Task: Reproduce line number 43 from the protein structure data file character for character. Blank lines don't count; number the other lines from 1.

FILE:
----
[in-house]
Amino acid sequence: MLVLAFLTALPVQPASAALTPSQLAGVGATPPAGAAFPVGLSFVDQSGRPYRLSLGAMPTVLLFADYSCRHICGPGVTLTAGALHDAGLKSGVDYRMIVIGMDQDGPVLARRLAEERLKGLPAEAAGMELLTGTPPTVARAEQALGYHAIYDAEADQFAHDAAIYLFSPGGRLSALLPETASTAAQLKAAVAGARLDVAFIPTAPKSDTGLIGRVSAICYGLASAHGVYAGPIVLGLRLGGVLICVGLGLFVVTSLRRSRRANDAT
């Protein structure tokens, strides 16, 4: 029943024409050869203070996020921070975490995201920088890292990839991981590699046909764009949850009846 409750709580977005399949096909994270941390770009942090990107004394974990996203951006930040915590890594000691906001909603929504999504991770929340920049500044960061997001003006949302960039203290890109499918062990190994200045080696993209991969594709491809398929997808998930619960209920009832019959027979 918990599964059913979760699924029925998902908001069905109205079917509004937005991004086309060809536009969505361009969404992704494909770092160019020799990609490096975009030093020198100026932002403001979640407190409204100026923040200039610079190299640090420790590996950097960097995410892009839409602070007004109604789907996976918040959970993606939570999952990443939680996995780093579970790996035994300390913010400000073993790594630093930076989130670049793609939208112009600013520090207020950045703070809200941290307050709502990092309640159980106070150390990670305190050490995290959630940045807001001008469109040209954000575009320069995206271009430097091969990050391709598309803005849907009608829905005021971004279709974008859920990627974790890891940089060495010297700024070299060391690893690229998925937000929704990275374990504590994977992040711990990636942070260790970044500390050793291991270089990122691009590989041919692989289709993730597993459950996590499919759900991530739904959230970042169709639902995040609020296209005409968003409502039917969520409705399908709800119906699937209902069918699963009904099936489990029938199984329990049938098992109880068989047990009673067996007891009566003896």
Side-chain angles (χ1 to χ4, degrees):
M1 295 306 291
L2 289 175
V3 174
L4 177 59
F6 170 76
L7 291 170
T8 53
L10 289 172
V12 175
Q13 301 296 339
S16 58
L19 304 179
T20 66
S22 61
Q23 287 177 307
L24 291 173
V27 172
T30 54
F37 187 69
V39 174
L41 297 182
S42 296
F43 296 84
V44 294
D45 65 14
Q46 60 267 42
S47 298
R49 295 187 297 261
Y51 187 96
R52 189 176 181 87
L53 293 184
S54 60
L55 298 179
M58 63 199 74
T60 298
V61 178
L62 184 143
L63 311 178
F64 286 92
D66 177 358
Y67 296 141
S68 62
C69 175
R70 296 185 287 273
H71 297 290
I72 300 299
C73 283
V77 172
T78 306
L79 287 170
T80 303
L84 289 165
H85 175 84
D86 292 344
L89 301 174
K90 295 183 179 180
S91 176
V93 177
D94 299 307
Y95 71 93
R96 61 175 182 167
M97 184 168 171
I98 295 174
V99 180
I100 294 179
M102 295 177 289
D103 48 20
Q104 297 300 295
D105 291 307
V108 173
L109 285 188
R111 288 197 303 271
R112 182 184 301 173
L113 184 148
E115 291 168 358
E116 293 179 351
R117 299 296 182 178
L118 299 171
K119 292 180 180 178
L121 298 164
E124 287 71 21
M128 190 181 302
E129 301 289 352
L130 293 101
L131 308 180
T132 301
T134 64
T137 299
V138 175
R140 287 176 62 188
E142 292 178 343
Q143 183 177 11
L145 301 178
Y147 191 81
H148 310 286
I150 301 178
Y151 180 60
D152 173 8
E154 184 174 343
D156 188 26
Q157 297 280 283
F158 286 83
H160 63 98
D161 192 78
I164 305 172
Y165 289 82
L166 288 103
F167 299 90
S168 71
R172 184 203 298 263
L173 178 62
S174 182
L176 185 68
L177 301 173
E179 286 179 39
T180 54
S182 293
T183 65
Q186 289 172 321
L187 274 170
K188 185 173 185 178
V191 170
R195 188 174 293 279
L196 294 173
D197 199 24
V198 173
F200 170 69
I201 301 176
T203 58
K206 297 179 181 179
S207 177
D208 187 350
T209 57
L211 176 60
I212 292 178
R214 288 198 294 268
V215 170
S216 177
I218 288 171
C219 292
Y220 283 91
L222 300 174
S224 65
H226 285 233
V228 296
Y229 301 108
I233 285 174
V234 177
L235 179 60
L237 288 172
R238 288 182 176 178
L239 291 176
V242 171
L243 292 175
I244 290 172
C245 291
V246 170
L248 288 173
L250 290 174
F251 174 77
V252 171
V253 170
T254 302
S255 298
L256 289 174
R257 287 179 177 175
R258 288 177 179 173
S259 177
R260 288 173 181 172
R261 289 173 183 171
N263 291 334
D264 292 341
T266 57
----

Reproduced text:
F64 286 92